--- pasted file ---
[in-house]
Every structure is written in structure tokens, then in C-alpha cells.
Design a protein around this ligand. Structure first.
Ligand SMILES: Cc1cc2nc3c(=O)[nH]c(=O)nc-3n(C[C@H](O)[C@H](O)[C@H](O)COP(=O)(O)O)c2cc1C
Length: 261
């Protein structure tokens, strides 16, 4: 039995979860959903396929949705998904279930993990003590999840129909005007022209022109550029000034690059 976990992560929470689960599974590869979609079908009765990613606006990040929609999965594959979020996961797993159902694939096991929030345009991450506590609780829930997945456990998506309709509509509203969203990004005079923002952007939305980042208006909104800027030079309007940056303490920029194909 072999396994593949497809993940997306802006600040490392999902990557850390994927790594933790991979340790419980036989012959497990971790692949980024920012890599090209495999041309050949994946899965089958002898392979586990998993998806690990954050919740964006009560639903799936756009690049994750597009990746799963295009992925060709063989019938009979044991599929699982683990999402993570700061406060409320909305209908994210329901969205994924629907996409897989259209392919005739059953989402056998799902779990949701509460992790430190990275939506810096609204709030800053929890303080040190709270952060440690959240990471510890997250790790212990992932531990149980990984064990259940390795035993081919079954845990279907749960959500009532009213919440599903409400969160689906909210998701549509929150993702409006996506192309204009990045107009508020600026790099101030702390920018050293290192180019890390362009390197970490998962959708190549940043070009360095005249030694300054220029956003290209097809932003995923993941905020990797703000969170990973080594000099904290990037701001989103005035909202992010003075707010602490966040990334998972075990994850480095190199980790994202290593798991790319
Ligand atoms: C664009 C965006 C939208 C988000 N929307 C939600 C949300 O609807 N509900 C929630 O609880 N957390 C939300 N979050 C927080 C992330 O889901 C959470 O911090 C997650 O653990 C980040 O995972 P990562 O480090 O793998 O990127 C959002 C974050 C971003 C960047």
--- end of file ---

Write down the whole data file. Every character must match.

[in-house]
Every structure is written in structure tokens, then in C-alpha cells.
Design a protein around this ligand. Structure first.
Ligand SMILES: Cc1cc2nc3c(=O)[nH]c(=O)nc-3n(C[C@H](O)[C@H](O)[C@H](O)COP(=O)(O)O)c2cc1C
Length: 261
């Protein structure tokens, strides 16, 4: 039995979860959903396929949705998904279930993990003590999840129909005007022209022109550029000034690059 976990992560929470689960599974590869979609079908009765990613606006990040929609999965594959979020996961797993159902694939096991929030345009991450506590609780829930997945456990998506309709509509509203969203990004005079923002952007939305980042208006909104800027030079309007940056303490920029194909 072999396994593949497809993940997306802006600040490392999902990557850390994927790594933790991979340790419980036989012959497990971790692949980024920012890599090209495999041309050949994946899965089958002898392979586990998993998806690990954050919740964006009560639903799936756009690049994750597009990746799963295009992925060709063989019938009979044991599929699982683990999402993570700061406060409320909305209908994210329901969205994924629907996409897989259209392919005739059953989402056998799902779990949701509460992790430190990275939506810096609204709030800053929890303080040190709270952060440690959240990471510890997250790790212990992932531990149980990984064990259940390795035993081919079954845990279907749960959500009532009213919440599903409400969160689906909210998701549509929150993702409006996506192309204009990045107009508020600026790099101030702390920018050293290192180019890390362009390197970490998962959708190549940043070009360095005249030694300054220029956003290209097809932003995923993941905020990797703000969170990973080594000099904290990037701001989103005035909202992010003075707010602490966040990334998972075990994850480095190199980790994202290593798991790319
Ligand atoms: C664009 C965006 C939208 C988000 N929307 C939600 C949300 O609807 N509900 C929630 O609880 N957390 C939300 N979050 C927080 C992330 O889901 C959470 O911090 C997650 O653990 C980040 O995972 P990562 O480090 O793998 O990127 C959002 C974050 C971003 C960047």